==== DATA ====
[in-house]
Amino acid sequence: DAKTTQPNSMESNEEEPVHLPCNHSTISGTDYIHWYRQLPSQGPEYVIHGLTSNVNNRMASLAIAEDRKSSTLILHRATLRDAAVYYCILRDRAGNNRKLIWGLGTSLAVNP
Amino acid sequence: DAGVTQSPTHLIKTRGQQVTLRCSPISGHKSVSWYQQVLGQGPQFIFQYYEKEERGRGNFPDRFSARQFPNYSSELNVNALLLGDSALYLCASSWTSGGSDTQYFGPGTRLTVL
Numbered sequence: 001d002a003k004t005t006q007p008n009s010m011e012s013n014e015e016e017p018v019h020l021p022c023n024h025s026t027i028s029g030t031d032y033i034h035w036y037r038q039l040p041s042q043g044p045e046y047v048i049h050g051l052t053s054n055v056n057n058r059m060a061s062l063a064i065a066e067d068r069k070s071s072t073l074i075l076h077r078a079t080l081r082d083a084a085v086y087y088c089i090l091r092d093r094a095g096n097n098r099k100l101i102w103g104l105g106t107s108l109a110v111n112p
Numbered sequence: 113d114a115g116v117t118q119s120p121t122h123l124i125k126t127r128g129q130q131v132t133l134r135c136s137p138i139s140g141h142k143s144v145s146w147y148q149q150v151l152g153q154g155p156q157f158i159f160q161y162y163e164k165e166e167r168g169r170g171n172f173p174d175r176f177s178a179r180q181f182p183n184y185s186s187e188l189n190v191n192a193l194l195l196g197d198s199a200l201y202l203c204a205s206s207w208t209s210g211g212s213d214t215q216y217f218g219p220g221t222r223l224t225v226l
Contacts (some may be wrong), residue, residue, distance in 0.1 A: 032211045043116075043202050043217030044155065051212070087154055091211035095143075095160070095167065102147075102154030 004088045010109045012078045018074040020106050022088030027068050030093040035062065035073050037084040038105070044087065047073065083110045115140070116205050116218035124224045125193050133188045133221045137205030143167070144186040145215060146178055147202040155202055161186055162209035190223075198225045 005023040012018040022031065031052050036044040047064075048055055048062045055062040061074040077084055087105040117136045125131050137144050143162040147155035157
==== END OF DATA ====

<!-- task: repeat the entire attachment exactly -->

[in-house]
Amino acid sequence: DAKTTQPNSMESNEEEPVHLPCNHSTISGTDYIHWYRQLPSQGPEYVIHGLTSNVNNRMASLAIAEDRKSSTLILHRATLRDAAVYYCILRDRAGNNRKLIWGLGTSLAVNP
Amino acid sequence: DAGVTQSPTHLIKTRGQQVTLRCSPISGHKSVSWYQQVLGQGPQFIFQYYEKEERGRGNFPDRFSARQFPNYSSELNVNALLLGDSALYLCASSWTSGGSDTQYFGPGTRLTVL
Numbered sequence: 001d002a003k004t005t006q007p008n009s010m011e012s013n014e015e016e017p018v019h020l021p022c023n024h025s026t027i028s029g030t031d032y033i034h035w036y037r038q039l040p041s042q043g044p045e046y047v048i049h050g051l052t053s054n055v056n057n058r059m060a061s062l063a064i065a066e067d068r069k070s071s072t073l074i075l076h077r078a079t080l081r082d083a084a085v086y087y088c089i090l091r092d093r094a095g096n097n098r099k100l101i102w103g104l105g106t107s108l109a110v111n112p
Numbered sequence: 113d114a115g116v117t118q119s120p121t122h123l124i125k126t127r128g129q130q131v132t133l134r135c136s137p138i139s140g141h142k143s144v145s146w147y148q149q150v151l152g153q154g155p156q157f158i159f160q161y162y163e164k165e166e167r168g169r170g171n172f173p174d175r176f177s178a179r180q181f182p183n184y185s186s187e188l189n190v191n192a193l194l195l196g197d198s199a200l201y202l203c204a205s206s207w208t209s210g211g212s213d214t215q216y217f218g219p220g221t222r223l224t225v226l
Contacts (some may be wrong), residue, residue, distance in 0.1 A: 032211045043116075043202050043217030044155065051212070087154055091211035095143075095160070095167065102147075102154030 004088045010109045012078045018074040020106050022088030027068050030093040035062065035073050037084040038105070044087065047073065083110045115140070116205050116218035124224045125193050133188045133221045137205030143167070144186040145215060146178055147202040155202055161186055162209035190223075198225045 005023040012018040022031065031052050036044040047064075048055055048062045055062040061074040077084055087105040117136045125131050137144050143162040147155035157